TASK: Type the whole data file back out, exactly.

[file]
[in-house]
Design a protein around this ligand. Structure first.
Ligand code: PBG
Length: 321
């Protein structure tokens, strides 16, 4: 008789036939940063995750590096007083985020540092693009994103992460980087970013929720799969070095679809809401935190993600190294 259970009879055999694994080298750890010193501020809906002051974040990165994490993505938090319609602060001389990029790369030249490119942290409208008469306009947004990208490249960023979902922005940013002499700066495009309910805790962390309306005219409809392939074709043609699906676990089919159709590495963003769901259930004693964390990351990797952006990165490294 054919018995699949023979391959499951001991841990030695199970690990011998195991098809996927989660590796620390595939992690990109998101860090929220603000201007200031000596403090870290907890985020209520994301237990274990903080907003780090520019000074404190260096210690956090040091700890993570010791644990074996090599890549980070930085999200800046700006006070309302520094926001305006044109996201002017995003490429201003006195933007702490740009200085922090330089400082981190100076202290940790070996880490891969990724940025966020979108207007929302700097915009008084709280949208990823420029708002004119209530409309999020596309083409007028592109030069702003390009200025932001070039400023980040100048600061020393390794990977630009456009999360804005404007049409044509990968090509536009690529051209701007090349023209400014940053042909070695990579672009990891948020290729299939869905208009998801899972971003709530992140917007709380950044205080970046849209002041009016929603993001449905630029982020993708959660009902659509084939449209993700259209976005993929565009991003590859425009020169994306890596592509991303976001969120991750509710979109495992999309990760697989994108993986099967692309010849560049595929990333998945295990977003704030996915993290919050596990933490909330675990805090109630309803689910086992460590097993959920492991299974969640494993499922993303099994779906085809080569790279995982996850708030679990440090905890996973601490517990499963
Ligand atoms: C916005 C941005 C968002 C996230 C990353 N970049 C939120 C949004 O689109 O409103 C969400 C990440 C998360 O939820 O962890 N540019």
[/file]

[in-house]
Design a protein around this ligand. Structure first.
Ligand code: PBG
Length: 321
């Protein structure tokens, strides 16, 4: 008789036939940063995750590096007083985020540092693009994103992460980087970013929720799969070095679809809401935190993600190294 259970009879055999694994080298750890010193501020809906002051974040990165994490993505938090319609602060001389990029790369030249490119942290409208008469306009947004990208490249960023979902922005940013002499700066495009309910805790962390309306005219409809392939074709043609699906676990089919159709590495963003769901259930004693964390990351990797952006990165490294 054919018995699949023979391959499951001991841990030695199970690990011998195991098809996927989660590796620390595939992690990109998101860090929220603000201007200031000596403090870290907890985020209520994301237990274990903080907003780090520019000074404190260096210690956090040091700890993570010791644990074996090599890549980070930085999200800046700006006070309302520094926001305006044109996201002017995003490429201003006195933007702490740009200085922090330089400082981190100076202290940790070996880490891969990724940025966020979108207007929302700097915009008084709280949208990823420029708002004119209530409309999020596309083409007028592109030069702003390009200025932001070039400023980040100048600061020393390794990977630009456009999360804005404007049409044509990968090509536009690529051209701007090349023209400014940053042909070695990579672009990891948020290729299939869905208009998801899972971003709530992140917007709380950044205080970046849209002041009016929603993001449905630029982020993708959660009902659509084939449209993700259209976005993929565009991003590859425009020169994306890596592509991303976001969120991750509710979109495992999309990760697989994108993986099967692309010849560049595929990333998945295990977003704030996915993290919050596990933490909330675990805090109630309803689910086992460590097993959920492991299974969640494993499922993303099994779906085809080569790279995982996850708030679990440090905890996973601490517990499963
Ligand atoms: C916005 C941005 C968002 C996230 C990353 N970049 C939120 C949004 O689109 O409103 C969400 C990440 C998360 O939820 O962890 N540019």